Using Vincent van Gogh as an example, the author declares that the artist’s “creativity came into being when a sufficient number of art experts felt that his paintings had something important to contribute to the domain of art.” Innovation, that is, exists only when the correctly credentialed hivemind agrees that it does. And “without such a response,” the author continues, “van Gogh would have remained what he was, a disturbed man who painted strange canvases.” What determines “creativity,” in other words, is the very faction it’s supposedly rebelling against: established expertise.

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Steven Levitt asked his readers to guess what Becker thinks is the most additive thing on earth. Here’s how Levitt thinks about addiction:
…an addictive thing has the following characteristics:

1) Once you start consuming it, you want to consume more and more of it.

2) Over time you build up a tolerance to it, i.e. you get less enjoyment out of consuming a fixed amount of it.

3) Pursuit of that good leads you to sacrifice everything else in your life to get it, potentially leading you to do ridiculous things to try to get the good.

4) There is a period of withdrawal when you stop consuming the good.

The answer to the question’s here.

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When we live in a different country and see how other people do things, we tend to reflect on our own culture. Growing up in different places might have broaden my mind a bit, but reading this article on Iceland tells me there are much more out there to explore. Although Iceland’s culture is very different from Asian culture, I find it makes just as much sense. It is interesting to think about how each society evolves its own culture and norms that works for its people.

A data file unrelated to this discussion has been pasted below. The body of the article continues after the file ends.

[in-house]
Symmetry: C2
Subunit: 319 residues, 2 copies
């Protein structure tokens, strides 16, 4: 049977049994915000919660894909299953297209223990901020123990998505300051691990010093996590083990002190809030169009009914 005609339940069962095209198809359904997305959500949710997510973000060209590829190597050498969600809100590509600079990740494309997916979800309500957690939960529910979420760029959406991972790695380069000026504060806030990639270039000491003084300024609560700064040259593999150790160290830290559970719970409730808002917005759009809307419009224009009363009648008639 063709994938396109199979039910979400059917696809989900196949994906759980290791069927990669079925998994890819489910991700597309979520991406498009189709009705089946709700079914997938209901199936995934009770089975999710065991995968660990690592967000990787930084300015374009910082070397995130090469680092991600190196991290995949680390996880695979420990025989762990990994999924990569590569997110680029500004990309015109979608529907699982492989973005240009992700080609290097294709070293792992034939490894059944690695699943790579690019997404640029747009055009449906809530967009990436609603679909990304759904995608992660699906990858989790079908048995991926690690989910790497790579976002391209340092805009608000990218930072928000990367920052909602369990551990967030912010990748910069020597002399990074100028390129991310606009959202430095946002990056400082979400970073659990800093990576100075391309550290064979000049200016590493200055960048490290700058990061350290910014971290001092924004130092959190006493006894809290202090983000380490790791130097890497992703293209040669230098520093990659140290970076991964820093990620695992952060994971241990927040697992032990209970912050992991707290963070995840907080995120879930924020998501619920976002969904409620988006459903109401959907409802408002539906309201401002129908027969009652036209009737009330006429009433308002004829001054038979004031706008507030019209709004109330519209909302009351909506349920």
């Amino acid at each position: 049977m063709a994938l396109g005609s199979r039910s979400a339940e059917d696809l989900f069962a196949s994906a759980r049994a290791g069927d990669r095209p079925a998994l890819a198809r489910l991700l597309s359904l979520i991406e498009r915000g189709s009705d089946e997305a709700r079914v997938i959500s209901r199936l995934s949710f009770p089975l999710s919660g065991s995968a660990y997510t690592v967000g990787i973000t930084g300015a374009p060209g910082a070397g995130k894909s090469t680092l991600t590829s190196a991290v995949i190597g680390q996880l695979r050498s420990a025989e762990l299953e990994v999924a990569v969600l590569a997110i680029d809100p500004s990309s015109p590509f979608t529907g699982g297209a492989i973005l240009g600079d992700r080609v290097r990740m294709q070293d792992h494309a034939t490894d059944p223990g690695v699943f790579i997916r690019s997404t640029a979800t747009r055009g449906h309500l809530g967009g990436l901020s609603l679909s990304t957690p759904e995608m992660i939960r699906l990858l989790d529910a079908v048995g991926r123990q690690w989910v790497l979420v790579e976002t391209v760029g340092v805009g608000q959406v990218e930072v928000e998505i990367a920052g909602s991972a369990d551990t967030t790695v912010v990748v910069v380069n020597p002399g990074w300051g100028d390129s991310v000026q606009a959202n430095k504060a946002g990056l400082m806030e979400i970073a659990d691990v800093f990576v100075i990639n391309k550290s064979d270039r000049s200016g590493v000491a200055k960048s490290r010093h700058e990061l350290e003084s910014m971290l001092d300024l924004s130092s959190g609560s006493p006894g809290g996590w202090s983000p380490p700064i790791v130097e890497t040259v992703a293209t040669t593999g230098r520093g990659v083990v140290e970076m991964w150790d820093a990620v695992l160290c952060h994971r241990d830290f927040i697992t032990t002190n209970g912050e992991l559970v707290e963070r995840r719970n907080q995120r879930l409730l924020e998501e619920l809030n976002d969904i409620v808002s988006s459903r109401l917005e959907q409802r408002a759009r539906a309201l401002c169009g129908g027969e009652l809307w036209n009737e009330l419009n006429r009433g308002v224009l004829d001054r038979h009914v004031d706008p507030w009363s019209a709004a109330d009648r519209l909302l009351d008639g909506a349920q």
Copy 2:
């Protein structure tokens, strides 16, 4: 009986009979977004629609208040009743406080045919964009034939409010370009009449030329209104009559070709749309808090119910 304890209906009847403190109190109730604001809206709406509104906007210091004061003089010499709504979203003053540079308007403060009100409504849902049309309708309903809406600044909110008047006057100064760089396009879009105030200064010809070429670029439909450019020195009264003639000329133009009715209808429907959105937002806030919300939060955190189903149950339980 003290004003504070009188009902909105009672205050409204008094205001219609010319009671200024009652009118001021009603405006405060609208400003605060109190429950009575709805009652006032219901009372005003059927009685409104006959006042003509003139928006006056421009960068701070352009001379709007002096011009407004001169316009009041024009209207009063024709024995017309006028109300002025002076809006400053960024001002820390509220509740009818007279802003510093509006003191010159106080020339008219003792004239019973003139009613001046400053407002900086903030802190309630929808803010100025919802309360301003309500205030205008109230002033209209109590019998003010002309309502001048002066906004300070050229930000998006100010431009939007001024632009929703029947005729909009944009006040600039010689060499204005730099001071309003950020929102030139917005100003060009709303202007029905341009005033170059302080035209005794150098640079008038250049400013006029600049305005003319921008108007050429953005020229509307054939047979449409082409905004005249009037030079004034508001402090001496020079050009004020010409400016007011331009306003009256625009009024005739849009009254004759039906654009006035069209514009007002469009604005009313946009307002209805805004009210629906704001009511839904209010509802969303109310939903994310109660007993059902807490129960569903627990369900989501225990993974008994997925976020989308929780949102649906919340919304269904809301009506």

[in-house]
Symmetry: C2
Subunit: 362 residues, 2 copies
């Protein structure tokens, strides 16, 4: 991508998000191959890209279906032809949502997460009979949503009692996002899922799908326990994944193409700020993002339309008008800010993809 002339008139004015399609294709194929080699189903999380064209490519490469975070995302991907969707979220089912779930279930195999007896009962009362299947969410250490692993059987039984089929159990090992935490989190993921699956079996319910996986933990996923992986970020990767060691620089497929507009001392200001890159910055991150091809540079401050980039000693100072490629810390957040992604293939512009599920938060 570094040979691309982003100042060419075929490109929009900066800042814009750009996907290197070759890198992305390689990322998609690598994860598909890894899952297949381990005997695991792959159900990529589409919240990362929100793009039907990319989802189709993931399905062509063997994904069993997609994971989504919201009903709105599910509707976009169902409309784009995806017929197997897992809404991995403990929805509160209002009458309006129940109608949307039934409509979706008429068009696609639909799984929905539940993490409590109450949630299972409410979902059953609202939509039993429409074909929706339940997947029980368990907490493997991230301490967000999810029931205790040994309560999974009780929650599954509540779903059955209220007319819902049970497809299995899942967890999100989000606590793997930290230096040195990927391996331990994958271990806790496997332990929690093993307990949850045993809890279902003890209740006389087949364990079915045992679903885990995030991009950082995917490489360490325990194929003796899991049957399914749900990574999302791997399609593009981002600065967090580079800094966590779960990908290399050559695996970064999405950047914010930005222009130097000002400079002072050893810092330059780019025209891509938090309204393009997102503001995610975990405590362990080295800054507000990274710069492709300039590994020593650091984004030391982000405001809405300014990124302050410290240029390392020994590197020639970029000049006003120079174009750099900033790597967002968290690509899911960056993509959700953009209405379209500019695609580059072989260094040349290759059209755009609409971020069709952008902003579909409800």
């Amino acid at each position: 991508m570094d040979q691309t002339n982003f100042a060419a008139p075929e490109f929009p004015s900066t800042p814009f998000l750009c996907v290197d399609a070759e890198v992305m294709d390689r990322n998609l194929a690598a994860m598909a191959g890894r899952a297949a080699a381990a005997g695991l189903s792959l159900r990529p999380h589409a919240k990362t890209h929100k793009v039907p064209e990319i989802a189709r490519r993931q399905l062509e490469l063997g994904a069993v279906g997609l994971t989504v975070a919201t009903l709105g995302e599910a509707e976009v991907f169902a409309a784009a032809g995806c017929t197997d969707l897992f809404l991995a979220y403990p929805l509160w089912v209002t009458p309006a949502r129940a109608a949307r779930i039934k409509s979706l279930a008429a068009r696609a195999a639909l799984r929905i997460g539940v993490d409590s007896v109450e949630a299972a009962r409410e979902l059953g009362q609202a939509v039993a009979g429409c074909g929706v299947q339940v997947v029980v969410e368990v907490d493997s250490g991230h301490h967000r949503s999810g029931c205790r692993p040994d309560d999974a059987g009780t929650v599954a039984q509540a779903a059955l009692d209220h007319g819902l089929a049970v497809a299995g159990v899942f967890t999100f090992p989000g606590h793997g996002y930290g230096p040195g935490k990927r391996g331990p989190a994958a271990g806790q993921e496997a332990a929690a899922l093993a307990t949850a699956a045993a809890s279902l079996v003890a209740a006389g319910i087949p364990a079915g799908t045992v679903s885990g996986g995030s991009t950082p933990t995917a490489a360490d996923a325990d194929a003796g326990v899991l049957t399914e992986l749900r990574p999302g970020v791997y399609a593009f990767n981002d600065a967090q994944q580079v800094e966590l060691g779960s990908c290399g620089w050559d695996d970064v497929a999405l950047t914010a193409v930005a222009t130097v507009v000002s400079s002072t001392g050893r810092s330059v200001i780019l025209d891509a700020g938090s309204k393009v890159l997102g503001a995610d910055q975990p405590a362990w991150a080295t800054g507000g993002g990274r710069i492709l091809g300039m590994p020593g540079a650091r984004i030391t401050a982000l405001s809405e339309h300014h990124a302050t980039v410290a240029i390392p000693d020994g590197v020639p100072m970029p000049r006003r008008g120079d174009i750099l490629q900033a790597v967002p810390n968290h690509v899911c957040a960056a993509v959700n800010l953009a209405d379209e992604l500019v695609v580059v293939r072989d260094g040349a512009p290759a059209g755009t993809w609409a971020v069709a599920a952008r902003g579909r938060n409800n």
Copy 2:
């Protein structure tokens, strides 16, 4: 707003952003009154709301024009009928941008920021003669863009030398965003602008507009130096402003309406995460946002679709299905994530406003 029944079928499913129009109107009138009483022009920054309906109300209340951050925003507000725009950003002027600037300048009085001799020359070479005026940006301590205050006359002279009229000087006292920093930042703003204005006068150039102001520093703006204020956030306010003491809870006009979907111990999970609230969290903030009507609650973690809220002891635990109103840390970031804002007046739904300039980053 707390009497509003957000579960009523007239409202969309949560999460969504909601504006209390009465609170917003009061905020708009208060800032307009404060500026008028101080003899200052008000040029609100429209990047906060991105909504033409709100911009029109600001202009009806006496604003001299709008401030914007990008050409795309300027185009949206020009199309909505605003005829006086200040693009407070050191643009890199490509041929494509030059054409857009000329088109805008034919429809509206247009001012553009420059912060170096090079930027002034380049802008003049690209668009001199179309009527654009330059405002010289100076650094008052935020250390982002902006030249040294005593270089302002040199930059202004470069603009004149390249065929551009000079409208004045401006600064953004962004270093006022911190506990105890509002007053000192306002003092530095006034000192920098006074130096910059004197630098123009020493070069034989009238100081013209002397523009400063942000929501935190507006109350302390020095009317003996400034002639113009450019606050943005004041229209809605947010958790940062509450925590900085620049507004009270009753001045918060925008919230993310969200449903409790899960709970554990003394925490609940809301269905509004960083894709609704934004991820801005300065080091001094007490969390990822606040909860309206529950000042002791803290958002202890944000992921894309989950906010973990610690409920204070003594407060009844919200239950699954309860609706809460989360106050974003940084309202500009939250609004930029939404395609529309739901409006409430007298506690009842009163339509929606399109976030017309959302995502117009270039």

Below are some interesting bits from the article:

Highest birth rate in Europe + highest divorce rate + highest percentage of women working outside the home = the best country in the world in which to live. There has to be something wrong with this equation. Put those three factors together – loads of children, broken homes, absent mothers – and what you have, surely, is a recipe for misery and social chaos. But no….in terms of wealth, health and education – they are champions of the world…in so far as one can reliably measure such things…Icelanders are the happiest people on earth.